This became known as a “Sister Souljah moment” and was a tactic used afterwards by Clinton’s predecessors in George W. Bush (who criticized conservative author Robert Bork for his outdated views on social issues), and Barack Obama (who called several of Jeremiah Wright’s statements “outrageous”). The grind of primary elections, which often result in presidential candidates moving further to their party’s edge of the political
spectrum, takes a toll on candidates’ standing with moderates and independents. Once the primaries are over and presidential candidates have to move on to battling a candidate from a party on the opposite side of the political spectrum, measuring oneself against radical members of one’s own party is a beneficial, if ultimately harmful, tactic. The real impact, however, is how the usage of that tactic has become a cultural mainstay for almost any individual who wants to discuss politics openly.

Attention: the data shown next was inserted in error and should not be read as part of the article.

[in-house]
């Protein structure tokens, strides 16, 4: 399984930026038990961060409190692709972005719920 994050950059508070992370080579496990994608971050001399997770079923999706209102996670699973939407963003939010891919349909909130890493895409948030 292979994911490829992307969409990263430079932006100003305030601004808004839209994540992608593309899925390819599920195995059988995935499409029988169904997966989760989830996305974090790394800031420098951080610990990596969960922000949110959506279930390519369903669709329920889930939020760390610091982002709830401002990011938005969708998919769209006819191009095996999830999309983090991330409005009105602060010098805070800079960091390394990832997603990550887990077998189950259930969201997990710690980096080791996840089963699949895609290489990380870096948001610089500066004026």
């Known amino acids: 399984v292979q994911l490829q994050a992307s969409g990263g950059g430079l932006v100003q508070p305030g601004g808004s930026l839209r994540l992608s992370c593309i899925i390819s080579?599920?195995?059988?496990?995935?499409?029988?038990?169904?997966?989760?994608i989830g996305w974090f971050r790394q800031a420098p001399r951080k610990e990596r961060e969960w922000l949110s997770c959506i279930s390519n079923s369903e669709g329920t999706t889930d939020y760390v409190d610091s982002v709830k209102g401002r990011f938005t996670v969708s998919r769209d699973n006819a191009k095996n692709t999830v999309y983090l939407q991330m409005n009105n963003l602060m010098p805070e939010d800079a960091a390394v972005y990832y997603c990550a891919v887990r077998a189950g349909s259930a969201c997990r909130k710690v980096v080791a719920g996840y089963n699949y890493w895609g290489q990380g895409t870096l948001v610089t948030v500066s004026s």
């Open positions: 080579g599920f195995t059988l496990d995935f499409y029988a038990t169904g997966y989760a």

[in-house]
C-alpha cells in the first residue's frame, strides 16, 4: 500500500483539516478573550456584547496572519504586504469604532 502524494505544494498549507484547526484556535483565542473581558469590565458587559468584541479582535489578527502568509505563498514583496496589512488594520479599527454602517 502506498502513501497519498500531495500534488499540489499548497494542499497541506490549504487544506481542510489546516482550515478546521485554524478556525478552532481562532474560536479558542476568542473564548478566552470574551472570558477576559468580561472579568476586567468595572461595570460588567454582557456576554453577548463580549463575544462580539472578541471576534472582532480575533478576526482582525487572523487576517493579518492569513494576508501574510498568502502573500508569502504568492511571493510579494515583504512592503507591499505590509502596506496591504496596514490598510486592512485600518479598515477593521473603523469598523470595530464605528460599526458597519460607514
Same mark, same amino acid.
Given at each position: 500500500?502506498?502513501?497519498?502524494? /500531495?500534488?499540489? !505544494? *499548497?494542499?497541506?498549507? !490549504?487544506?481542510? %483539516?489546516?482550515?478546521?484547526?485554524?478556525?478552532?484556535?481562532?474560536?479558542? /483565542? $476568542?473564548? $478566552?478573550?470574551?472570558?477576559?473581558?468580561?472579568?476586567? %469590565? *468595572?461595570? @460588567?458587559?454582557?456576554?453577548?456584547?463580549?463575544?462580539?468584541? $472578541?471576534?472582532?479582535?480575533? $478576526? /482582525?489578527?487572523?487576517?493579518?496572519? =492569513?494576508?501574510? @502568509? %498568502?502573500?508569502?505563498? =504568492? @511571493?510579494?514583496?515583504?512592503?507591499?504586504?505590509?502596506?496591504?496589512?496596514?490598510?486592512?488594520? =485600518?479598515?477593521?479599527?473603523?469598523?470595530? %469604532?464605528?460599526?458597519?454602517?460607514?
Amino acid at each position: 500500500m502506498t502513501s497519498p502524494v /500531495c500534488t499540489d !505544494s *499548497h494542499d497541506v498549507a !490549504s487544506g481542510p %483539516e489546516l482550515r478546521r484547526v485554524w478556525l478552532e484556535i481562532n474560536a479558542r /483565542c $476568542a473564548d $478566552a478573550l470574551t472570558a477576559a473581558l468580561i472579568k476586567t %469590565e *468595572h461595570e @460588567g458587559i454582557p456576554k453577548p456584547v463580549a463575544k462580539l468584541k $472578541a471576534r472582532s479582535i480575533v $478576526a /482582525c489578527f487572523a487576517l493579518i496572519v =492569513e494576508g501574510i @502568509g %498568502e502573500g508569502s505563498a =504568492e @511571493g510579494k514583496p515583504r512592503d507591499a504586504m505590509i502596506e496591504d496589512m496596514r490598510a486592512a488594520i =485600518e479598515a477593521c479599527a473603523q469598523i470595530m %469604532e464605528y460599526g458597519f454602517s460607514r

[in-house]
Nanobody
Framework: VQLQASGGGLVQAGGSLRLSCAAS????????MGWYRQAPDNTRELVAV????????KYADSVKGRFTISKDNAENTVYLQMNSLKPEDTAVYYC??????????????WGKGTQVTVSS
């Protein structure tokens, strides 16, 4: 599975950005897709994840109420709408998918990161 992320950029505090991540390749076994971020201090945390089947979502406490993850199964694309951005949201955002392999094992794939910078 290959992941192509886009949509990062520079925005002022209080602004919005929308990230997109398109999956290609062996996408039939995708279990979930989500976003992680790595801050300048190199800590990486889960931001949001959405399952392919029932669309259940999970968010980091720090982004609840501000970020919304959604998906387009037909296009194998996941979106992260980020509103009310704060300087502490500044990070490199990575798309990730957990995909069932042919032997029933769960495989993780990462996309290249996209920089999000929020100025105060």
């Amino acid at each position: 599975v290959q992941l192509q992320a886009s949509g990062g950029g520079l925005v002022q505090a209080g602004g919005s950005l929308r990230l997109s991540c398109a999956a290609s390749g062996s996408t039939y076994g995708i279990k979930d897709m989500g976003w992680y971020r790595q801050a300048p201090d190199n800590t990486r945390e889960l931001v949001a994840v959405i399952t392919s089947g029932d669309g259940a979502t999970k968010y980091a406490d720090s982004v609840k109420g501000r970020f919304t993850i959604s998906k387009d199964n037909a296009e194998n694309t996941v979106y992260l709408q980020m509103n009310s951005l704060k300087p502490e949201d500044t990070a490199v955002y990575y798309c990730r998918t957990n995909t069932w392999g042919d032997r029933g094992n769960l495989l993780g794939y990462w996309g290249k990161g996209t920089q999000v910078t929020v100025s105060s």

Why would anyone not running for office do this?

A lot of people argue about politics (see the comments section). An age old tactic in any type of argument is to try to paint oneself as objective; what better way to paint oneself as objective than to paint someone else as not objective. Usually the goal of criticizing someone who might agree with you but is more radical is to demonstrate a willingness to criticize people on the same side as the political spectrum as you, as well as make you look more independent by comparison. This far predates Sister Souljah of course,